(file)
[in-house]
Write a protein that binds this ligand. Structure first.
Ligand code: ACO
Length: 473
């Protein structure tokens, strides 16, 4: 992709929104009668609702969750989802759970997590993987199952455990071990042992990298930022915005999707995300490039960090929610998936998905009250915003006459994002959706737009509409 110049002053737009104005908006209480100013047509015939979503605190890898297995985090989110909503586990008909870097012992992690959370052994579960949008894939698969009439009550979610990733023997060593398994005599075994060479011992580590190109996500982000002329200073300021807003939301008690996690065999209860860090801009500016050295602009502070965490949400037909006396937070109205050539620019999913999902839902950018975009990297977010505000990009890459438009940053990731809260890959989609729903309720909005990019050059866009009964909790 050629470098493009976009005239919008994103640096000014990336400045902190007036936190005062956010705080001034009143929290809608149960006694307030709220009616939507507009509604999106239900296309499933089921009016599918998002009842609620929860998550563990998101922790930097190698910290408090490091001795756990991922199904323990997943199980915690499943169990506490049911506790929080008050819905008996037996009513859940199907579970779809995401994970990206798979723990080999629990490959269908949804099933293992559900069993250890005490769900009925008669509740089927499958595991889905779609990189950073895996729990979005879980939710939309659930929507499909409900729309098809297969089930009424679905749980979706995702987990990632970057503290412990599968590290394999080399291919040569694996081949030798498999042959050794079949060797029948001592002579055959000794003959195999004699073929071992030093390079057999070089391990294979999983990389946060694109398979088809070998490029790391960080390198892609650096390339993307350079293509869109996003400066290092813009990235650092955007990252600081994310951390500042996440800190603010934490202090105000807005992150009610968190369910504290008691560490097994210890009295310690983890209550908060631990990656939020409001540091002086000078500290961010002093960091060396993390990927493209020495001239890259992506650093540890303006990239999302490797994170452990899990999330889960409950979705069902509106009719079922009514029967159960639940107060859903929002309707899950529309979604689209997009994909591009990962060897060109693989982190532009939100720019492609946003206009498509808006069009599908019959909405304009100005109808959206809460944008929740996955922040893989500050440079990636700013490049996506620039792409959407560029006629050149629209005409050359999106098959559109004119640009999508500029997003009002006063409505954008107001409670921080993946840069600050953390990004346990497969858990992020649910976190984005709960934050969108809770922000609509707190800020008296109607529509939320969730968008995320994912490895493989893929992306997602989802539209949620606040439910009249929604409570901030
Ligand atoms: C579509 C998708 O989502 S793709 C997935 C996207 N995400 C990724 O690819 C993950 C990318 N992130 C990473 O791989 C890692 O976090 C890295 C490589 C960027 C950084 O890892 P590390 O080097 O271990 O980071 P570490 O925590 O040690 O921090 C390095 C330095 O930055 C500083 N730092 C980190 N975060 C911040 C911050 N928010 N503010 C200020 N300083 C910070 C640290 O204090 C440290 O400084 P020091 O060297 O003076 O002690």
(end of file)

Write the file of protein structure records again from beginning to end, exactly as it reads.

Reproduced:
[in-house]
Write a protein that binds this ligand. Structure first.
Ligand code: ACO
Length: 473
């Protein structure tokens, strides 16, 4: 992709929104009668609702969750989802759970997590993987199952455990071990042992990298930022915005999707995300490039960090929610998936998905009250915003006459994002959706737009509409 110049002053737009104005908006209480100013047509015939979503605190890898297995985090989110909503586990008909870097012992992690959370052994579960949008894939698969009439009550979610990733023997060593398994005599075994060479011992580590190109996500982000002329200073300021807003939301008690996690065999209860860090801009500016050295602009502070965490949400037909006396937070109205050539620019999913999902839902950018975009990297977010505000990009890459438009940053990731809260890959989609729903309720909005990019050059866009009964909790 050629470098493009976009005239919008994103640096000014990336400045902190007036936190005062956010705080001034009143929290809608149960006694307030709220009616939507507009509604999106239900296309499933089921009016599918998002009842609620929860998550563990998101922790930097190698910290408090490091001795756990991922199904323990997943199980915690499943169990506490049911506790929080008050819905008996037996009513859940199907579970779809995401994970990206798979723990080999629990490959269908949804099933293992559900069993250890005490769900009925008669509740089927499958595991889905779609990189950073895996729990979005879980939710939309659930929507499909409900729309098809297969089930009424679905749980979706995702987990990632970057503290412990599968590290394999080399291919040569694996081949030798498999042959050794079949060797029948001592002579055959000794003959195999004699073929071992030093390079057999070089391990294979999983990389946060694109398979088809070998490029790391960080390198892609650096390339993307350079293509869109996003400066290092813009990235650092955007990252600081994310951390500042996440800190603010934490202090105000807005992150009610968190369910504290008691560490097994210890009295310690983890209550908060631990990656939020409001540091002086000078500290961010002093960091060396993390990927493209020495001239890259992506650093540890303006990239999302490797994170452990899990999330889960409950979705069902509106009719079922009514029967159960639940107060859903929002309707899950529309979604689209997009994909591009990962060897060109693989982190532009939100720019492609946003206009498509808006069009599908019959909405304009100005109808959206809460944008929740996955922040893989500050440079990636700013490049996506620039792409959407560029006629050149629209005409050359999106098959559109004119640009999508500029997003009002006063409505954008107001409670921080993946840069600050953390990004346990497969858990992020649910976190984005709960934050969108809770922000609509707190800020008296109607529509939320969730968008995320994912490895493989893929992306997602989802539209949620606040439910009249929604409570901030
Ligand atoms: C579509 C998708 O989502 S793709 C997935 C996207 N995400 C990724 O690819 C993950 C990318 N992130 C990473 O791989 C890692 O976090 C890295 C490589 C960027 C950084 O890892 P590390 O080097 O271990 O980071 P570490 O925590 O040690 O921090 C390095 C330095 O930055 C500083 N730092 C980190 N975060 C911040 C911050 N928010 N503010 C200020 N300083 C910070 C640290 O204090 C440290 O400084 P020091 O060297 O003076 O002690």